Interactions with humans

Giant fire millipede (Aphistogoniulus corallipes) Mantadia
Giant fire millipede - Madagascar

Millipedes generally have little impact on human economic or social well-being, especially in comparison with insects, although locally they can be a nuisance or agricultural pest. Millipedes do not bite, and their defensive secretions are mostly harmless to humans — usually causing only minor discolouration on the skin — but the secretions of some tropical species may cause pain, itching, local erythema, edema, blisters, eczema, and occasionally cracked skin.

Spotted snake millipede Blaniulus guttulatus
Spotted snake millipedes can be agricultural pests

Eye exposures to these secretions causes general irritation and potentially more severe effects. This is called millipede burn. First aid consists of flushing the area thoroughly with water; further treatment is aimed at relieving the local effects.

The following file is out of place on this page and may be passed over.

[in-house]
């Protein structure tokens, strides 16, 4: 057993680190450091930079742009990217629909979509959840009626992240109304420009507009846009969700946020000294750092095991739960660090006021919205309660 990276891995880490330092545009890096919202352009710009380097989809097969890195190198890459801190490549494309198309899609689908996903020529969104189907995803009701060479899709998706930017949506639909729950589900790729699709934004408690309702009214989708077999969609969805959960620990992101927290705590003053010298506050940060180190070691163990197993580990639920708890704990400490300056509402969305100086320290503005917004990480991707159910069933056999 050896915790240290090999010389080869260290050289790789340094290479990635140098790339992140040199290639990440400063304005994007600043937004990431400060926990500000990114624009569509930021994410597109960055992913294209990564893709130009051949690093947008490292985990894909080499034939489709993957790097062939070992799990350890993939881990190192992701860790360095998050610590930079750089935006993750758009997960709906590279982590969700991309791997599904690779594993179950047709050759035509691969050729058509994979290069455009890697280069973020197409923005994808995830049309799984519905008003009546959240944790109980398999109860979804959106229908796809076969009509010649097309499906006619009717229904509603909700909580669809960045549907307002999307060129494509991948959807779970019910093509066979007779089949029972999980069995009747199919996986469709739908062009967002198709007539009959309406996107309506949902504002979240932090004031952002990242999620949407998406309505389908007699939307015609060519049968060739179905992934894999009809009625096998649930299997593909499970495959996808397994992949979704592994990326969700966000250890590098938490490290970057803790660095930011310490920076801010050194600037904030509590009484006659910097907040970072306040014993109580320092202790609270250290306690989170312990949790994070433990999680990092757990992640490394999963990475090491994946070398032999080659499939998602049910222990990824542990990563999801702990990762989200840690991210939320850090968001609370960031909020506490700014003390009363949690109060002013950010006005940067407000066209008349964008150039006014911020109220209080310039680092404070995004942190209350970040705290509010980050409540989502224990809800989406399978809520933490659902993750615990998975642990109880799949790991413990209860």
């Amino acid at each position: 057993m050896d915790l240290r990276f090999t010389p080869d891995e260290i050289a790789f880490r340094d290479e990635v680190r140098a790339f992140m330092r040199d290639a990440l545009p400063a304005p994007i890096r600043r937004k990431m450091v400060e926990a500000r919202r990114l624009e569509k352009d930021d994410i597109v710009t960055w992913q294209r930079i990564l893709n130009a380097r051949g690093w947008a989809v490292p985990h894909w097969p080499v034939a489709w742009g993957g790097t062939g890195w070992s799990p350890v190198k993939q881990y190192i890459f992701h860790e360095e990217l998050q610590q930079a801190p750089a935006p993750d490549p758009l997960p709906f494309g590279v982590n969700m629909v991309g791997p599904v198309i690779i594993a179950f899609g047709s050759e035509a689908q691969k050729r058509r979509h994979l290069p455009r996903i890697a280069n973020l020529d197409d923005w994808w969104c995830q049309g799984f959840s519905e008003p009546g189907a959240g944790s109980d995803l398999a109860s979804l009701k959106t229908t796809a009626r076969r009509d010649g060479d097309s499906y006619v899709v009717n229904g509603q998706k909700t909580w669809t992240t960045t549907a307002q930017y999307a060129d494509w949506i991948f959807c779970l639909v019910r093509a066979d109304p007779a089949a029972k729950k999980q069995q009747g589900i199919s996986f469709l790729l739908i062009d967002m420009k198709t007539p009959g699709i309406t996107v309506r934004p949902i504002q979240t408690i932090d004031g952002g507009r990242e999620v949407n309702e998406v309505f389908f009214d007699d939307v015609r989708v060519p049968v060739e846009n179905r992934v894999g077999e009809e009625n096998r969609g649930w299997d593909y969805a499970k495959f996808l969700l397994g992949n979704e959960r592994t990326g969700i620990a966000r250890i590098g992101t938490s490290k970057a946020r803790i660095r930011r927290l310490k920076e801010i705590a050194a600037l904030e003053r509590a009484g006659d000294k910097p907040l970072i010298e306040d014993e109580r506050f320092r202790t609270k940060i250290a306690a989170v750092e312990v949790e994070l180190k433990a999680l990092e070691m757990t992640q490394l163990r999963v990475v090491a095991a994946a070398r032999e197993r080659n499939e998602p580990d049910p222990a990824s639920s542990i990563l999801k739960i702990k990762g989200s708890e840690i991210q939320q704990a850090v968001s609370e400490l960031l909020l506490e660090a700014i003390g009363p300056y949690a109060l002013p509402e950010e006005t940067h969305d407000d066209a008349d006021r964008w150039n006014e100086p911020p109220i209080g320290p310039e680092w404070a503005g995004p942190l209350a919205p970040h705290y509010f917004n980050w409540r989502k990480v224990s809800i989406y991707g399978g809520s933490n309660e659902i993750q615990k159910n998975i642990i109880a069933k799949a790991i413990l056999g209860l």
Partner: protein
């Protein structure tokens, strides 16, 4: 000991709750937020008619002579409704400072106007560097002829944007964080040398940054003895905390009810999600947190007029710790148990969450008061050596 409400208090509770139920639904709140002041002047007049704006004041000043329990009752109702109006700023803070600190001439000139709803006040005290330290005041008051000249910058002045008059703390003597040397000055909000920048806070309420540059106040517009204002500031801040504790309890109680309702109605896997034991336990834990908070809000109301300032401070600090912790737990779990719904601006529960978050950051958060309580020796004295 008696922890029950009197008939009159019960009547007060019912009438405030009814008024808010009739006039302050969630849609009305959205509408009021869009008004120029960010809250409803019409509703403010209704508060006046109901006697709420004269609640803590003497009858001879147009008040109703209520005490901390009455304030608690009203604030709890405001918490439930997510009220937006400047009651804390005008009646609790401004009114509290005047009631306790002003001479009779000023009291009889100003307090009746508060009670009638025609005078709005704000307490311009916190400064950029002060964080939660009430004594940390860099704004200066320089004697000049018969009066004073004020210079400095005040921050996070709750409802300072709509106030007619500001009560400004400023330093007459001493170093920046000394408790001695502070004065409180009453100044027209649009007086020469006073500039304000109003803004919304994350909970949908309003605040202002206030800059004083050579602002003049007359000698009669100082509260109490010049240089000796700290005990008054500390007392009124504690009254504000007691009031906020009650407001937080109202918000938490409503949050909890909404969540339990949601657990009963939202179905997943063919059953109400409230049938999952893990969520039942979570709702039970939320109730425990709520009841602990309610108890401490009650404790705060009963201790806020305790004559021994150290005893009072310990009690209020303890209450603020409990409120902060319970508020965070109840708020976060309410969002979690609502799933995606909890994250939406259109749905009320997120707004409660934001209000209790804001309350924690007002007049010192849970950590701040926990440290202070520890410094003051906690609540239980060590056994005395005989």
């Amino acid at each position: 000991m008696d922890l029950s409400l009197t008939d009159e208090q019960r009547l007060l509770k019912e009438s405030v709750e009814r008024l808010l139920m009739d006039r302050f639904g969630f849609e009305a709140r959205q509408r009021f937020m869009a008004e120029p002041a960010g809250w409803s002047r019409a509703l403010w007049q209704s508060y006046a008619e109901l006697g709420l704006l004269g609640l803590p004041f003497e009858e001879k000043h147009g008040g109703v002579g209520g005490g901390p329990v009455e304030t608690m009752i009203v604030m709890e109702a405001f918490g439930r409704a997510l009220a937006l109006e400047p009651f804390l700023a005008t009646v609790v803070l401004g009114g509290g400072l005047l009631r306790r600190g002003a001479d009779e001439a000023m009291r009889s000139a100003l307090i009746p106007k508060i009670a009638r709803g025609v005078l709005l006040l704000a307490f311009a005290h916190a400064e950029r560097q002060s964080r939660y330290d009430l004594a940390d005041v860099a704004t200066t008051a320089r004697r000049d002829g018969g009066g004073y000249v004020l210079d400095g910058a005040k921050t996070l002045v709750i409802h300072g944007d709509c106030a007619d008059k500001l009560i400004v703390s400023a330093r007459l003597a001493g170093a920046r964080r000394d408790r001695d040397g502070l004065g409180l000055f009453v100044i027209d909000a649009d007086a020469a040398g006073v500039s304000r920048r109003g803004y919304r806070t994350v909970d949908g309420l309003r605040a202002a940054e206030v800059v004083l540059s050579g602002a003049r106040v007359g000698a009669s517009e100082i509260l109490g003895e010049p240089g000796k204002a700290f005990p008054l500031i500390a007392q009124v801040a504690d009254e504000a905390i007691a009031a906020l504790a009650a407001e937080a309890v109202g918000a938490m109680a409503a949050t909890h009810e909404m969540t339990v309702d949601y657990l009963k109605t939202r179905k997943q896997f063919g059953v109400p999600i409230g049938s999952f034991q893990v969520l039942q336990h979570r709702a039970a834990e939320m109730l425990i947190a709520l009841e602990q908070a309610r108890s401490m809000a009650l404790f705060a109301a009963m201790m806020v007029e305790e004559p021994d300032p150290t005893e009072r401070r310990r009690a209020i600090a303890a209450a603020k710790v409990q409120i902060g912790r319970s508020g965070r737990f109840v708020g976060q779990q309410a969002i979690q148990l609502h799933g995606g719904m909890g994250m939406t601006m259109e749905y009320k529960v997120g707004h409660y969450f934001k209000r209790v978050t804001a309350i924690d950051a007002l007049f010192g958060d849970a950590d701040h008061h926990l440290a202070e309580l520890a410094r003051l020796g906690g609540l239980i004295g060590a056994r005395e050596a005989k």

Some millipedes are considered household pests which can infest thatched roofs in India, and which periodically invade homes in Australia. Other species exhibit periodical swarming behaviour, which can result in home invasion and crop damage.

Millipede - Belize
Millipede - Belize

Some millipedes can cause significant damage to crops: the spotted snake millipede is a noted pest of sugar beets and other root crops. Some of the larger millipedes are popular as pets.

Millipedes have also inspired and played roles in scientific research. In 1963, a walking vehicle with 36 legs was designed, said to have been inspired by a study of millipede locomotion. Experimental robots have had the same inspiration, in particular when heavy loads are needed to be carried in tight areas involving turns and curves.